Raymond was centre of Buddhism movement in Canada

Katie Mey, Lethbridge Herald: A small southern Alberta town’s early acceptance of Japanese culture helped shape Buddhism in Canada, making this region a hub of religious growth.

Raymond was the centre of the Canadian Buddhist movement after the Second World War, according to University of Lethbridge religious studies professor John Harding, whose upcoming work will focus on the modernization of Buddhism from a global perspective.

He underscored the local connection during a recent presentation to an audience of about 30 people at the Galt Museum, coinciding with the museum’s Religion in the Bible Belt exhibit.

The first Buddhists moved to Canada from Japan in 1905…

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The latest singles pick-up spot: Buddhist temples

RocketNews24, Japan: Most people go to Shinto shrines several times a year, like for New Years or to make a special wish or prayer, like before a job interview. But with Buddhist temples, it’s usually just for tourism and funerals – not that frequently, basically. But wait! Temples are transforming these days, more and more using their halls for activities such as yoga classes, group date venues (‘gou-kon‘ in Japanese – group dinners with single men and women, seeking potential mates), and even as concert venues!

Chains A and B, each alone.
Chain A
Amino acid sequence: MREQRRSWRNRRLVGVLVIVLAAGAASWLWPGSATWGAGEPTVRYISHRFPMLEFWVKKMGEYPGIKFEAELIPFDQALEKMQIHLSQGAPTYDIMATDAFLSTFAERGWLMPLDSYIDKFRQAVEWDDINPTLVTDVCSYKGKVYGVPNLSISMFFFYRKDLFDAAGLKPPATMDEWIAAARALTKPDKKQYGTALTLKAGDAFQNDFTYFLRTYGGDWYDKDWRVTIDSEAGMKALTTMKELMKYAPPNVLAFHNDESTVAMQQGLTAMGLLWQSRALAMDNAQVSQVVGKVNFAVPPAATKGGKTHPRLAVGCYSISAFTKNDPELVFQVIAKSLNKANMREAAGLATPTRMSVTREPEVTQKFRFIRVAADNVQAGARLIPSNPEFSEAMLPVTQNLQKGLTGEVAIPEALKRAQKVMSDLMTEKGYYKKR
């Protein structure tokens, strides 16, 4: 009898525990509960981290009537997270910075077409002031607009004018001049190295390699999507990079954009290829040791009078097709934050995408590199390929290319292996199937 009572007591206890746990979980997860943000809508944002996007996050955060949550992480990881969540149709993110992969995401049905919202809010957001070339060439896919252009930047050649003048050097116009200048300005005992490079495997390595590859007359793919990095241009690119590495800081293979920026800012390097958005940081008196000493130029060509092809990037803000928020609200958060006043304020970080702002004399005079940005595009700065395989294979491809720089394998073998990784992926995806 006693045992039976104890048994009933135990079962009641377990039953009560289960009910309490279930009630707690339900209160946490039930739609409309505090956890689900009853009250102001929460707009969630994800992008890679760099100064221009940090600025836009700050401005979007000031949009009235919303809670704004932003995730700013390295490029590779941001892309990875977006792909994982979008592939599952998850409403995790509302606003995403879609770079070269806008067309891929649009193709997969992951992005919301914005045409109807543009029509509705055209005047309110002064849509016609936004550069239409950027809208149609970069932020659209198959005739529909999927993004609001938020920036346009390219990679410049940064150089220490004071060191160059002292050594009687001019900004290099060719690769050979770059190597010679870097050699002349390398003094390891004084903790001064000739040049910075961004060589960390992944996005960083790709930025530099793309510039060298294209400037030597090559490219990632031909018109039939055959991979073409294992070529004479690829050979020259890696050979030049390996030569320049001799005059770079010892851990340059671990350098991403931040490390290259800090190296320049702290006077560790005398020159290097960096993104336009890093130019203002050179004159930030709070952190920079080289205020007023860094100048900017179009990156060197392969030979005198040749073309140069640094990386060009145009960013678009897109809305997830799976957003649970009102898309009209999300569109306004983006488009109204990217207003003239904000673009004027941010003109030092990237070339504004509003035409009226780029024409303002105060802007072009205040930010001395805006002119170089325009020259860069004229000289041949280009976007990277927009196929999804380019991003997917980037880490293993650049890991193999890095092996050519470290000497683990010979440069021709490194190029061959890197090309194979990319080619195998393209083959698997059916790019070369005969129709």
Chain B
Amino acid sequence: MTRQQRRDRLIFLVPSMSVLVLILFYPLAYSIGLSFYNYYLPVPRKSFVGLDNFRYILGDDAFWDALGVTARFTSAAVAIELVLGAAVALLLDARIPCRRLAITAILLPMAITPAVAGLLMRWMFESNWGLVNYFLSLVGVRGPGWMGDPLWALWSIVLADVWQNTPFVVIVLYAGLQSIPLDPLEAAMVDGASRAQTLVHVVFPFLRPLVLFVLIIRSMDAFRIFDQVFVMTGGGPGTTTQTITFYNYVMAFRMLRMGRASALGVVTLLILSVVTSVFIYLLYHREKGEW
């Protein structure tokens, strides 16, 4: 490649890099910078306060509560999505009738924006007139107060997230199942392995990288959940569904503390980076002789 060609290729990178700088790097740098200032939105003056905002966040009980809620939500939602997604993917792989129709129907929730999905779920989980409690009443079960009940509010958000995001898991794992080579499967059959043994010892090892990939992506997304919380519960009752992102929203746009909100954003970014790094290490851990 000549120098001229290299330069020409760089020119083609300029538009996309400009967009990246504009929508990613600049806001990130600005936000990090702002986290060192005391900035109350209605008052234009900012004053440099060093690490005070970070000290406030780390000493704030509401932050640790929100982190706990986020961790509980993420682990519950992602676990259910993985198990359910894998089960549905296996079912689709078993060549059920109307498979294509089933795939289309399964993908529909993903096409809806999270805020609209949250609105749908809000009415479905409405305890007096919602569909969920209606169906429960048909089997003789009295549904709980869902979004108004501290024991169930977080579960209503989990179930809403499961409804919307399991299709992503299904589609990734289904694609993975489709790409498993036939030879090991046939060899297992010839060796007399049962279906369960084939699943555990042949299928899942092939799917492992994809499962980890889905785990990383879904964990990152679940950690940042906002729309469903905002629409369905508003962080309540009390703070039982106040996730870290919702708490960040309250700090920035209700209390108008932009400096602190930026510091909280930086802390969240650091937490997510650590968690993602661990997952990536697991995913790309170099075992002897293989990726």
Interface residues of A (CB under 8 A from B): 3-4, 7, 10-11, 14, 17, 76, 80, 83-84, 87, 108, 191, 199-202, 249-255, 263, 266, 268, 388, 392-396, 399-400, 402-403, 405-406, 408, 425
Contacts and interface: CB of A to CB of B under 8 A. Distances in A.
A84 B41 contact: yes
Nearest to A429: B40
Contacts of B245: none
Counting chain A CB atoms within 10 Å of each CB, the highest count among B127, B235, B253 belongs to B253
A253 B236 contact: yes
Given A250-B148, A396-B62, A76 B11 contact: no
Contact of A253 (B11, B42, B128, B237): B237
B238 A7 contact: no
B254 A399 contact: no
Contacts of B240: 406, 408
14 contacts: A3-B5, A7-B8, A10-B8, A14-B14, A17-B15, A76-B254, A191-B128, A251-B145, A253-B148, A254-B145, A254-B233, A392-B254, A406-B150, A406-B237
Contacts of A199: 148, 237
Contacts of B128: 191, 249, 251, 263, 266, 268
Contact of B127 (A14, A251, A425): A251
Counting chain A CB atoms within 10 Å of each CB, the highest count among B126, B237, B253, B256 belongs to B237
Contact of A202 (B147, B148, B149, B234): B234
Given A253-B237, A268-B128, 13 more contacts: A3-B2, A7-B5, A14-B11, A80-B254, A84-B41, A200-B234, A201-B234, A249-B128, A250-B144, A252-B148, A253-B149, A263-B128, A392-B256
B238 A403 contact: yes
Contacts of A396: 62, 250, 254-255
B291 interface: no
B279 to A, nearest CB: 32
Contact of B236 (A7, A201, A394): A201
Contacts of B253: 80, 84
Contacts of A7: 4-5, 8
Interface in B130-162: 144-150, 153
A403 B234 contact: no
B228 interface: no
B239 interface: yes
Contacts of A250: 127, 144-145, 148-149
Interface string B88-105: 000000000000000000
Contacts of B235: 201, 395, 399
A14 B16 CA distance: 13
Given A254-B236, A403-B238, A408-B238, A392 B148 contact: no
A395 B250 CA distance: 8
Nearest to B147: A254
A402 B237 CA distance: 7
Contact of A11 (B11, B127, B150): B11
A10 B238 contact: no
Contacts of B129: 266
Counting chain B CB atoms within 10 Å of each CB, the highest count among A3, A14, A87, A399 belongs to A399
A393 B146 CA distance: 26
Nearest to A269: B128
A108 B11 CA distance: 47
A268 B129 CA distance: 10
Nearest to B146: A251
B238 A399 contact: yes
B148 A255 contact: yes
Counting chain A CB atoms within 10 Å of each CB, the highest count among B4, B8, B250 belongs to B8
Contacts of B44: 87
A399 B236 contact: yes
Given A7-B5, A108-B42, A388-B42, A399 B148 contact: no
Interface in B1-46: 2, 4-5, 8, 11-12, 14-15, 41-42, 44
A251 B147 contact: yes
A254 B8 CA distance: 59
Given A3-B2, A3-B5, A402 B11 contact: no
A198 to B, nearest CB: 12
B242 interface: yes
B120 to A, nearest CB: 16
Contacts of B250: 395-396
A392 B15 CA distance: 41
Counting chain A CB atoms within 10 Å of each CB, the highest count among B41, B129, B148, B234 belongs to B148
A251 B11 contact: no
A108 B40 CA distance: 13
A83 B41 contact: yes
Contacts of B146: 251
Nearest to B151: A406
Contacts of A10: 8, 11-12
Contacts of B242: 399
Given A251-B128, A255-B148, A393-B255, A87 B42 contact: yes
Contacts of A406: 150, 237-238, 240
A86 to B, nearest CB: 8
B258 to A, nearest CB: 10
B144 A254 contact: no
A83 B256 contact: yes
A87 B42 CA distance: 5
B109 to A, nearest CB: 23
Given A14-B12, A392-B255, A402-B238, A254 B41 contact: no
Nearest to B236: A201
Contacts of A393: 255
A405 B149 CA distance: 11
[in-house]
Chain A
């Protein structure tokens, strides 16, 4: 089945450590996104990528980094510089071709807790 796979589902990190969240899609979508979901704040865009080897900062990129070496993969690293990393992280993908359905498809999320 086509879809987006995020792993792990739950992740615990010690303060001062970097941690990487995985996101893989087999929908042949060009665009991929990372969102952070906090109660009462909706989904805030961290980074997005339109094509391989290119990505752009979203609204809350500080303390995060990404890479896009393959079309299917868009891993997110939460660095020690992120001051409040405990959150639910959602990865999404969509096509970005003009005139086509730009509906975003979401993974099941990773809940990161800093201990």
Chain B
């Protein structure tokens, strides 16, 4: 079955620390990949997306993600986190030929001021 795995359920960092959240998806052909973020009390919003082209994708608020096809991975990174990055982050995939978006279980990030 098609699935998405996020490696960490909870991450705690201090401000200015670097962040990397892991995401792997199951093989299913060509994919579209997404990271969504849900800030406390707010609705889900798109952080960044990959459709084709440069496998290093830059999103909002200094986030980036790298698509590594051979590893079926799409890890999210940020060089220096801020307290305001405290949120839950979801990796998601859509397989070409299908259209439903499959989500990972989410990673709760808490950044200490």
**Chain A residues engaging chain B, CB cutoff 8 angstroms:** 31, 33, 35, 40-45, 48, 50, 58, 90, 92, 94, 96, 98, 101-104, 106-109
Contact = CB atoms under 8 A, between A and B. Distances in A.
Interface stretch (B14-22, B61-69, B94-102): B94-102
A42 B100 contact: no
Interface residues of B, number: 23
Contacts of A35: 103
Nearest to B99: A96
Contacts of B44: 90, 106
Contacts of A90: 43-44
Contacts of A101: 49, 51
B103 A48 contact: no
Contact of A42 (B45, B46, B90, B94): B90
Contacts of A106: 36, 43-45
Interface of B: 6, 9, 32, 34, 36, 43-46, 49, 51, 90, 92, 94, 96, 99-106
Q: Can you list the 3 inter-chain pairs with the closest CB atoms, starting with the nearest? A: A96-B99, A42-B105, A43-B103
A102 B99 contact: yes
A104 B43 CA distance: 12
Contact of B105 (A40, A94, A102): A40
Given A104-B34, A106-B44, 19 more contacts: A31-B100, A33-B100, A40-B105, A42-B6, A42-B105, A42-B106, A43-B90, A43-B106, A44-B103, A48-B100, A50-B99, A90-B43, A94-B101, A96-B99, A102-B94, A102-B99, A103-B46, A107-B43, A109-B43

The idea to use temples as group date venues came from the observation that of the people …

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How to organize Zen? Japanese Buddhists adapt to Western views of their religion

Rocket News 24 (Japan): What do you think of when you hear the word Zen? For most people, “organized religion” probably isn’t a phrase that pops up immediately. This can be a bit of a predicament for Zen Buddhist missionaries working in places like Europe and North America.